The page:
When we go to a local restaurant, we expect our waiter or waitress to perform superbly in their responsibilities. We hope that they will take our orders correctly and not spill anything on us when they bring us our food. Failure to meet our expectations of service can result in dissatisfaction and, unless we’re feeling forgiving, a lower tip. These expectations are not isolated to the restaurant industry. We expect high quality, expert service at every location in which we are a consumer. So why doesn’t this private demand for expertise translate into a similar demand in the public sector?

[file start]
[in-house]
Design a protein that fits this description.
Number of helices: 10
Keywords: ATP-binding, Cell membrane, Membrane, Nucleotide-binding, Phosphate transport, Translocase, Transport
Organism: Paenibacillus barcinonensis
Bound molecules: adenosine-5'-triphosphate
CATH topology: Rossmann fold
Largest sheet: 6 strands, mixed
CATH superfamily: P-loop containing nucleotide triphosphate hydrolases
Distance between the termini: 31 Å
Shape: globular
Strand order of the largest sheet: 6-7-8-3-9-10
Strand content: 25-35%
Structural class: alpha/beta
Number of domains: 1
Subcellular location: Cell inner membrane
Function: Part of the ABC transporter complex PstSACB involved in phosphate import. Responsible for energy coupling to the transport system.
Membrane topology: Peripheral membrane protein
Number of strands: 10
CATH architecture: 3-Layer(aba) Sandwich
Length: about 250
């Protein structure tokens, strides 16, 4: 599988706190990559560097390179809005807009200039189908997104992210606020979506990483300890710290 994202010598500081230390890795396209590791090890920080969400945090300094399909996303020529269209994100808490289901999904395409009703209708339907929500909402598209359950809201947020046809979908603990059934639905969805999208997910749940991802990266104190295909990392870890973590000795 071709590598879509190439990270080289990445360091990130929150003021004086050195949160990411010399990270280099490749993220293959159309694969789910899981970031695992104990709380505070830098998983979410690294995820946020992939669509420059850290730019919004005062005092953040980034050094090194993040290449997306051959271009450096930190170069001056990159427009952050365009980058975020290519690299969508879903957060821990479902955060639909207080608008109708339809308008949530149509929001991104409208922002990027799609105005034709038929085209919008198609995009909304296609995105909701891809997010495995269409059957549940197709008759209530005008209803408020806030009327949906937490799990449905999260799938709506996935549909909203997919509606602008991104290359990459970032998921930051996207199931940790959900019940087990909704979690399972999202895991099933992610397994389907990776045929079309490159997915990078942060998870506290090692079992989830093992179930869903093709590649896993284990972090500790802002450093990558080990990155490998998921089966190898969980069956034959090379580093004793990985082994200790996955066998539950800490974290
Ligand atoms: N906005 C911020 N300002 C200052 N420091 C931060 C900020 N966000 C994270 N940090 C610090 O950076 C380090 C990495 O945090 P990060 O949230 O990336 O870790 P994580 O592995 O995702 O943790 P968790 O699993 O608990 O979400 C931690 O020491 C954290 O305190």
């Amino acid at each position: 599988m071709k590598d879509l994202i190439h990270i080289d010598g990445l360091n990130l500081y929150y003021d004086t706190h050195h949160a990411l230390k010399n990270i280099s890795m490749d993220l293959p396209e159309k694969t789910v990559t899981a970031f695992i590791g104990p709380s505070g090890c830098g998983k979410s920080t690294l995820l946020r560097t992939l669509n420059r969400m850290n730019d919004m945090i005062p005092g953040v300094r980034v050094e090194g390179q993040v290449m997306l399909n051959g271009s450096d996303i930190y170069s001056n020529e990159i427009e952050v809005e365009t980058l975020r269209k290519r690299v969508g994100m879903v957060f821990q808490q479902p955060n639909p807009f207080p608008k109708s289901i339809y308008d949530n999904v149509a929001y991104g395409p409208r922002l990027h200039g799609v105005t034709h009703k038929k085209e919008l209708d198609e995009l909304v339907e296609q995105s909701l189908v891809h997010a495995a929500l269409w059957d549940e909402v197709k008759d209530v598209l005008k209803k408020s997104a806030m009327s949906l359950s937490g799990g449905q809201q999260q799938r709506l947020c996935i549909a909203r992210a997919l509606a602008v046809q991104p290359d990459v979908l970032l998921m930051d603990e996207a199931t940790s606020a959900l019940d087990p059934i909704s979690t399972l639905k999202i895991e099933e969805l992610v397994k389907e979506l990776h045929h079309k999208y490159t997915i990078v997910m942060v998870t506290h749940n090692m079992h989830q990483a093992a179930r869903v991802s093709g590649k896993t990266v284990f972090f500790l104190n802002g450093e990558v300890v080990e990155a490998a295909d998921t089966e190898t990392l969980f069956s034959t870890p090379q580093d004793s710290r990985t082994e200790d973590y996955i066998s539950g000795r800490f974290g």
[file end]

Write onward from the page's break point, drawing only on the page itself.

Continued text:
Technocracy, as defined by Webster, is the management of society by technical experts. I suspect that most Americans would agree that this definition, if applied to local, state, and federal government, would be highly desirable. However, problems arise when ideal solutions to technical problems contradict the solutions voters come up with through their engagement in the democratic brainstorming process. Since the wonky answers to complex problems proposed by experts are often inconsistent with the simpler, platitude laden answers proposed by populist political figures, distrust of the expert begins to take root. This distrust can morph into conspiracy theories and allegations of the expert having an ulterior motive for promoting his or her expert opinion. At a more practical level, this distrust results in legislation being passed without thought of real consequences and unqualified people being appointed to positions that should be occupied by a technocrat. This type of reckless behavior will result in dangerous consequences for our country, and it will foment distrust in our democratic system of government.